I have read somewhere an Epitaph to this purport, "Here lies the body of N. N. because he would have his own will." How far it is true that self-will may destroy the body is not perhaps so easy to be known, but that it destroys the soul or spirit, and leaveth it like a mere carcase, without any true life, is very manifest from daily experience, for it is self-will alone which preventeth the soul from entering into resignation to the divine will, in which resignation, humiliation, and obedience, the soul's true life, consisting in the perception and enjoyment of the divine peace and love, can only be found; on every such soul we may write this epitaph, Here lies the soul of N N. who died unto the peace and love of God, because he would have his `own will.” Agreeable hereto, St. Bernard saith, "Let selfwill cease, and there will be no death or hell; the kingdom of the devil, and all condemnation beginneth with the love of self."

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The Jews had a custom at their wedding feasts, for the married couple to drink in the same glass together, and then to break it in pieces, teaching them by this em


blem, that whatever felicity they expected together, their lives, upon which it all depended, were frail and brittle as glass.

N. B. An useful hint with respect to all satisfactions and connections that are merely human, and not centred in God and the eternal world.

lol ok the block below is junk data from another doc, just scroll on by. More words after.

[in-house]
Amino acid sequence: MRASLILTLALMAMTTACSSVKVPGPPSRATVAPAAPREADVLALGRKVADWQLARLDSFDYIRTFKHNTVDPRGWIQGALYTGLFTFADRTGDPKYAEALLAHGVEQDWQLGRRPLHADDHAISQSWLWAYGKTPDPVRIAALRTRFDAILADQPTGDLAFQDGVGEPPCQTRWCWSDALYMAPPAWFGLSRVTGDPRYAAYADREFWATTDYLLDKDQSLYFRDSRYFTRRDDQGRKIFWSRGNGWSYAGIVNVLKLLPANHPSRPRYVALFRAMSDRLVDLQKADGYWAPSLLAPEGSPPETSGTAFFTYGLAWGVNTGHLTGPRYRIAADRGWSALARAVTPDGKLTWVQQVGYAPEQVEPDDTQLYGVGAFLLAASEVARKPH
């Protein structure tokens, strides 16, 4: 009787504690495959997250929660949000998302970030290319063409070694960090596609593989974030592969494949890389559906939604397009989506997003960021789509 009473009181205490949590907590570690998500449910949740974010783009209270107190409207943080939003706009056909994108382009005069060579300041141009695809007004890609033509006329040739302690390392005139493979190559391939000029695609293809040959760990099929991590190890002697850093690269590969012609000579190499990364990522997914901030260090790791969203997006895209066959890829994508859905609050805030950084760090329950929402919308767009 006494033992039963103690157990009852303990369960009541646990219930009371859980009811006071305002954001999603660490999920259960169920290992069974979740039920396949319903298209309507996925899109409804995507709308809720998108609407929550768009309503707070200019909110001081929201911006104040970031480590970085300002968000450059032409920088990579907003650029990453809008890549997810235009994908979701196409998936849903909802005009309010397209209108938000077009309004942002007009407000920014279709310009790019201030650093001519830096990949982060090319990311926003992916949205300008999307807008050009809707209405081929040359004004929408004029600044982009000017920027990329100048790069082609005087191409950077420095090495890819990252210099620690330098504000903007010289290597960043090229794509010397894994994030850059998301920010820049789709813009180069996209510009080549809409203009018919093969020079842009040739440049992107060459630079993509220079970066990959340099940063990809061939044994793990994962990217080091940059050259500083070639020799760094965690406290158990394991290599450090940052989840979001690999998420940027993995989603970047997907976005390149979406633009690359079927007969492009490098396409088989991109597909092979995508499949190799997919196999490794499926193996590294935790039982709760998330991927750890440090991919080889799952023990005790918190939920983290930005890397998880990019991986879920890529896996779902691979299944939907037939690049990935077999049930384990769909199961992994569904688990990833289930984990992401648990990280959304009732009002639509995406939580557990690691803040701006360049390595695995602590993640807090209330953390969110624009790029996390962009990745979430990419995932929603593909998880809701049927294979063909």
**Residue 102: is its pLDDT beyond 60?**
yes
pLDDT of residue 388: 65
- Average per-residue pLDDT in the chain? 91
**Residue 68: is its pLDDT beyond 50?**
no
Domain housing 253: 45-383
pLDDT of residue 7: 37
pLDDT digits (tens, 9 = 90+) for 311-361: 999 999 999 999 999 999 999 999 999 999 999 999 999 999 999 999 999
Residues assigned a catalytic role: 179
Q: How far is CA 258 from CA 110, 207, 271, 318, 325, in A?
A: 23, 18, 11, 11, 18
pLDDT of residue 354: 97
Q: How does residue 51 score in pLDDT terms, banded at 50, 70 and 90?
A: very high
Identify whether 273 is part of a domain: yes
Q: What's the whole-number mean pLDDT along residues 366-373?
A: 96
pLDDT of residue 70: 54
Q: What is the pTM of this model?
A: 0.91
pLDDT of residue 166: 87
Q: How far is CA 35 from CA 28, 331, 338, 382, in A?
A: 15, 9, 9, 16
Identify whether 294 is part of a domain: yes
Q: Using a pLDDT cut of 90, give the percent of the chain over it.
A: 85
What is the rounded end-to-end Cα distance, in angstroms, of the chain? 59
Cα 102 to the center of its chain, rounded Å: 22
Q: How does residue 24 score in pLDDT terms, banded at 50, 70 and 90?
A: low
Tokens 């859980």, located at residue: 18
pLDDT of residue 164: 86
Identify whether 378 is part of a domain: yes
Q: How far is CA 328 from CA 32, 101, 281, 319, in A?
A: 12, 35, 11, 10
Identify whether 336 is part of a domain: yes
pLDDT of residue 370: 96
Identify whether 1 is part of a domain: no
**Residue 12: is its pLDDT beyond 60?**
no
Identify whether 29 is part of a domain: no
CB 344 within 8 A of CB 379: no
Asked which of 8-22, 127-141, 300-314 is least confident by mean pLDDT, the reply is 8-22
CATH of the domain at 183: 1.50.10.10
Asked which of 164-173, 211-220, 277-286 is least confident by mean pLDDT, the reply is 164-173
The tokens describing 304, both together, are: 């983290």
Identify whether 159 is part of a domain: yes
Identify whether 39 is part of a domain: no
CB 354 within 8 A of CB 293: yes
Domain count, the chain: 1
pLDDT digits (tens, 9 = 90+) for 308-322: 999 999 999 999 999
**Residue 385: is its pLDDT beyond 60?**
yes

The Holy Scripture, or the Word of God, being in it's internal sense an union of divine love and divine wisdom, may be considered as corresponding in general with the universal heavens; according to this idea, we may consider every particular book thereof as corresponding with a collection of particular societies in each heaven, and every particular chapter of each book as corresponding with a lesser collection of such societies, and every particular verse of each chapter as corresponding with some particular society, according to the different kinds and degrees of love and wisdom which prevail in the angelic societies: hence we may conclude that good men on earth who are in the affection and exercise of the love and wisdom which is contained in any single verse of the Holy Scripture or Word of God, are in communion with that society of angels to which that verse in it's spiritual or internal sense correspondeth.



I tell you, in that night there shall be two (men) in one bed, the one shall be taken, and the other shall be left.-Luke xvii. 34.

THESE words contain a description of the quality of the church state, which will then take place, when the Old Church is rejected and the New established; the rejection of the Old Church and the establishment of the New, is what is meant by the consummation of the age, and by the coming of the Son of Man; and in general by the last judgment, which comes to pass when charity and faith are separated, and faith alone instituted as the only means of salvation.

"I tell you, in that night there shall be two (men) in one bed."-Night denotes the last time of the Old Church, and the first of the New, as in Matt. xxvi. 31, 34. "Jesus said to his disciples, all ye shall be offended because of me, this night." And to Peter, "In this night, before the cock crow, thou shalt thrice deny me." The Lord's being pleased to be taken in the night, signified that divine truth at that time was in the obscurity of night, and that the false grounded in evil was in it's place; and Peter's denying the Lord thrice in that night, represented also the last time of the church when the truth of faith is indeed taught, but is not believed; which time is night, because the Lord is then absolutely denied in the hearts of men; for the twelve VOL. II.